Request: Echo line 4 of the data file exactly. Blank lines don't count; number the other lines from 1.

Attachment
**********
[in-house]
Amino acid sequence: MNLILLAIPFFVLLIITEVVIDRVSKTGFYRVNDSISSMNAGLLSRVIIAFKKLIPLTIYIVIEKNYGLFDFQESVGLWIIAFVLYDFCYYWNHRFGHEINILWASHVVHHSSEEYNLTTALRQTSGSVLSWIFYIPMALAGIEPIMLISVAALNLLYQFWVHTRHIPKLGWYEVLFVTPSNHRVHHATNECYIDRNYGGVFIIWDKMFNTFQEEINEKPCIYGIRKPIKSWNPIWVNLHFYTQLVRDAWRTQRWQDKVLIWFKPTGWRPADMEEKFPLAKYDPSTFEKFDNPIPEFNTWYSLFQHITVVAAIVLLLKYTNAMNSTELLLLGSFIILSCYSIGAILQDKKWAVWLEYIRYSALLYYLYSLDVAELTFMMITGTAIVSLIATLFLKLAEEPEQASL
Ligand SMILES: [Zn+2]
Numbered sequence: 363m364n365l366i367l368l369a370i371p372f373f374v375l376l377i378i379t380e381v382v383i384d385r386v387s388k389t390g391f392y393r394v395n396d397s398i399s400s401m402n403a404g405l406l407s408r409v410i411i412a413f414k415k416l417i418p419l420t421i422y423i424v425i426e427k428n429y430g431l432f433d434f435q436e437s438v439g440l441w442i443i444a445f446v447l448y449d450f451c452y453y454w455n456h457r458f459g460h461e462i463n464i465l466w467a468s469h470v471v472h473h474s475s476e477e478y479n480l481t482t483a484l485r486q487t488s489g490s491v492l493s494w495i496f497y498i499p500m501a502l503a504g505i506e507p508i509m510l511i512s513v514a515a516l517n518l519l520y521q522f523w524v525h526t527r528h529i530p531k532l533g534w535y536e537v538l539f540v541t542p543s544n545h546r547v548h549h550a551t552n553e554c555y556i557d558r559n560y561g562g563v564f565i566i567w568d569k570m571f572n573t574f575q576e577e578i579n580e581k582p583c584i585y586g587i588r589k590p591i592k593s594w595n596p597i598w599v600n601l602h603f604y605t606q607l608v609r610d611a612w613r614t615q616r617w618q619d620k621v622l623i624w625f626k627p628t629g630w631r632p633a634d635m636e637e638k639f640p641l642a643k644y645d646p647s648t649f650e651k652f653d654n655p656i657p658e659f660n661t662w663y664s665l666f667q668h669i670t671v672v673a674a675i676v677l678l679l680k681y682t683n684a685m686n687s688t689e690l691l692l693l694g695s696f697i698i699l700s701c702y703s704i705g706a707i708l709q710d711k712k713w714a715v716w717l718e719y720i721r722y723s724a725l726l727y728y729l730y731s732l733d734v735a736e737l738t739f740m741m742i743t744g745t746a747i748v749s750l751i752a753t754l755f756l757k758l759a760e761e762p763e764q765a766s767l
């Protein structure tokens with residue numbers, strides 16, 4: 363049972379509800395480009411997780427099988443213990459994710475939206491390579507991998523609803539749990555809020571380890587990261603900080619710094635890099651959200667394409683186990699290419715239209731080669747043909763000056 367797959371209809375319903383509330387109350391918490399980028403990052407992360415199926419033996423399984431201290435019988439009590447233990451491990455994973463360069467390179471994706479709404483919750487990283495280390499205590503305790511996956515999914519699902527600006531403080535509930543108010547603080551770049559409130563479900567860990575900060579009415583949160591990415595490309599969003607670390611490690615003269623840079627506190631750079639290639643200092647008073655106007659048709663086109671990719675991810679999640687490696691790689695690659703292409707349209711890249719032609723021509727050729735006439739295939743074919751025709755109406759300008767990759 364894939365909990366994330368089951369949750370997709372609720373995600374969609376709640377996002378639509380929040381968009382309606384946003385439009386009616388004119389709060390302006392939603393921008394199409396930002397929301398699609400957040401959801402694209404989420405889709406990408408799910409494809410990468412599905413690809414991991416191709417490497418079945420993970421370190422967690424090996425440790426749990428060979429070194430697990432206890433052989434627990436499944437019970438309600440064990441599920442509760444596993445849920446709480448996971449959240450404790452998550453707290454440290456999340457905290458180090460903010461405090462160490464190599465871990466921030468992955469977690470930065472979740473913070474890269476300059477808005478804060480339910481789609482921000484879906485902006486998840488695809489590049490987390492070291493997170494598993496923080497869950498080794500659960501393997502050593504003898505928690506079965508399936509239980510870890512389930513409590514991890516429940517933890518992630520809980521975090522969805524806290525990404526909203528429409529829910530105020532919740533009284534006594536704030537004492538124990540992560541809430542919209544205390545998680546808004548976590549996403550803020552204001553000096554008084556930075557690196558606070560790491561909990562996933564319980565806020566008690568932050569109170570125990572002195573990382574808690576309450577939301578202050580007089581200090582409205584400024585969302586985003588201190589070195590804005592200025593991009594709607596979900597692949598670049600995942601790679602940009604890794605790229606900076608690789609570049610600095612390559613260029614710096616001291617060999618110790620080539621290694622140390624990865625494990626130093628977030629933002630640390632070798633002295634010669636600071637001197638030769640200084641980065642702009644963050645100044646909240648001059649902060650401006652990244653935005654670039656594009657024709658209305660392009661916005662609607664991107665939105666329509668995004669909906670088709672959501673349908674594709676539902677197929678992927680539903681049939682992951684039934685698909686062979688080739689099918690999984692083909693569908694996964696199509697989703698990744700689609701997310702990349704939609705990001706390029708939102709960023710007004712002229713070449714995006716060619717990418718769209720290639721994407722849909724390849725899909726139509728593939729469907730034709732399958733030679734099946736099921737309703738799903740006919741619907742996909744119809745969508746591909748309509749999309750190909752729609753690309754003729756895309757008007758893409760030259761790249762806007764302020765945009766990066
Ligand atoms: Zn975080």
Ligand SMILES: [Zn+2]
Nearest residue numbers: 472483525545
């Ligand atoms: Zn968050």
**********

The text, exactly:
Numbered sequence: 363m364n365l366i367l368l369a370i371p372f373f374v375l376l377i378i379t380e381v382v383i384d385r386v387s388k389t390g391f392y393r394v395n396d397s398i399s400s401m402n403a404g405l406l407s408r409v410i411i412a413f414k415k416l417i418p419l420t421i422y423i424v425i426e427k428n429y430g431l432f433d434f435q436e437s438v439g440l441w442i443i444a445f446v447l448y449d450f451c452y453y454w455n456h457r458f459g460h461e462i463n464i465l466w467a468s469h470v471v472h473h474s475s476e477e478y479n480l481t482t483a484l485r486q487t488s489g490s491v492l493s494w495i496f497y498i499p500m501a502l503a504g505i506e507p508i509m510l511i512s513v514a515a516l517n518l519l520y521q522f523w524v525h526t527r528h529i530p531k532l533g534w535y536e537v538l539f540v541t542p543s544n545h546r547v548h549h550a551t552n553e554c555y556i557d558r559n560y561g562g563v564f565i566i567w568d569k570m571f572n573t574f575q576e577e578i579n580e581k582p583c584i585y586g587i588r589k590p591i592k593s594w595n596p597i598w599v600n601l602h603f604y605t606q607l608v609r610d611a612w613r614t615q616r617w618q619d620k621v622l623i624w625f626k627p628t629g630w631r632p633a634d635m636e637e638k639f640p641l642a643k644y645d646p647s648t649f650e651k652f653d654n655p656i657p658e659f660n661t662w663y664s665l666f667q668h669i670t671v672v673a674a675i676v677l678l679l680k681y682t683n684a685m686n687s688t689e690l691l692l693l694g695s696f697i698i699l700s701c702y703s704i705g706a707i708l709q710d711k712k713w714a715v716w717l718e719y720i721r722y723s724a725l726l727y728y729l730y731s732l733d734v735a736e737l738t739f740m741m742i743t744g745t746a747i748v749s750l751i752a753t754l755f756l757k758l759a760e761e762p763e764q765a766s767l